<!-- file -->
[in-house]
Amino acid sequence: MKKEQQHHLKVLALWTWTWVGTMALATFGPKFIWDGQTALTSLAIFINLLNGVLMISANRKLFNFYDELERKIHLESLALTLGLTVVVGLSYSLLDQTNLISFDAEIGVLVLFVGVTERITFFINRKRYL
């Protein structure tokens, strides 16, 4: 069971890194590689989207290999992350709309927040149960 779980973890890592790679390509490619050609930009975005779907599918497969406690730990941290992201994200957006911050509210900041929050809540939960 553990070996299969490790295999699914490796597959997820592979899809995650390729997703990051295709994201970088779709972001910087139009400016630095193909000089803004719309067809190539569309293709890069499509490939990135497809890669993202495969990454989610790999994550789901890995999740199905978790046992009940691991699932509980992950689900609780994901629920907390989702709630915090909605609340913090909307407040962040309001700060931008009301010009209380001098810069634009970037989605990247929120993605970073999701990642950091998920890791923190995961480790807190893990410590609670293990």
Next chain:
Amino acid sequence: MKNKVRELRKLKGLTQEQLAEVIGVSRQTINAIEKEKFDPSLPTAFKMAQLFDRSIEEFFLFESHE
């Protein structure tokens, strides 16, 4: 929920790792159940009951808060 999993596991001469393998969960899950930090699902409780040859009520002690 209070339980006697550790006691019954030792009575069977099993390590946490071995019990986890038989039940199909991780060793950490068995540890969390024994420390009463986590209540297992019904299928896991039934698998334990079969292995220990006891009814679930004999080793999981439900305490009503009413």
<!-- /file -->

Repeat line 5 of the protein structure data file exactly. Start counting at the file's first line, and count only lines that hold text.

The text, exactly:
Amino acid sequence: MKNKVRELRKLKGLTQEQLAEVIGVSRQTINAIEKEKFDPSLPTAFKMAQLFDRSIEEFFLFESHE